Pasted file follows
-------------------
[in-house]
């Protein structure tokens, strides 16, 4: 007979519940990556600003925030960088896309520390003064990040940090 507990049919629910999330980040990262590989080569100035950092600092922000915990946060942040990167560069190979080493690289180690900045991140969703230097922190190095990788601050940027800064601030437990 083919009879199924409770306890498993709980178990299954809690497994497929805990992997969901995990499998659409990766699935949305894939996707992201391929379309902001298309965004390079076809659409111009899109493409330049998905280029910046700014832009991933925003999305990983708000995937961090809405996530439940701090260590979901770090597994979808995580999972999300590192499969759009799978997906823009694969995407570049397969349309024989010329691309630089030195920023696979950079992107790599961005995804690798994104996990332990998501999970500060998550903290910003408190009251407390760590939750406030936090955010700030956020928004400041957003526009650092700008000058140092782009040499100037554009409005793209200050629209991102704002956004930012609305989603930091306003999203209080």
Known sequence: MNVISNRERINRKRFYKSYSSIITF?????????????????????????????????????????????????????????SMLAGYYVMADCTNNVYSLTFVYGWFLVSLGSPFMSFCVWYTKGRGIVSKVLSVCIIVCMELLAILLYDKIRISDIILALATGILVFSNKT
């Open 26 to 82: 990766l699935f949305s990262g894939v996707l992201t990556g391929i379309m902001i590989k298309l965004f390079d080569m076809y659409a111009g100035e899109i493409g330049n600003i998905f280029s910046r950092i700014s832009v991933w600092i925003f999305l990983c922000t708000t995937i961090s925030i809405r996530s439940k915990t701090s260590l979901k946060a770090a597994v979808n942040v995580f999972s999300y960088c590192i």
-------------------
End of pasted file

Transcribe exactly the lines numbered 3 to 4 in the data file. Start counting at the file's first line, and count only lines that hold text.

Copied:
Known sequence: MNVISNRERINRKRFYKSYSSIITF?????????????????????????????????????????????????????????SMLAGYYVMADCTNNVYSLTFVYGWFLVSLGSPFMSFCVWYTKGRGIVSKVLSVCIIVCMELLAILLYDKIRISDIILALATGILVFSNKT
């Open 26 to 82: 990766l699935f949305s990262g894939v996707l992201t990556g391929i379309m902001i590989k298309l965004f390079d080569m076809y659409a111009g100035e899109i493409g330049n600003i998905f280029s910046r950092i700014s832009v991933w600092i925003f999305l990983c922000t708000t995937i961090s925030i809405r996530s439940k915990t701090s260590l979901k946060a770090a597994v979808n942040v995580f999972s999300y960088c590192i």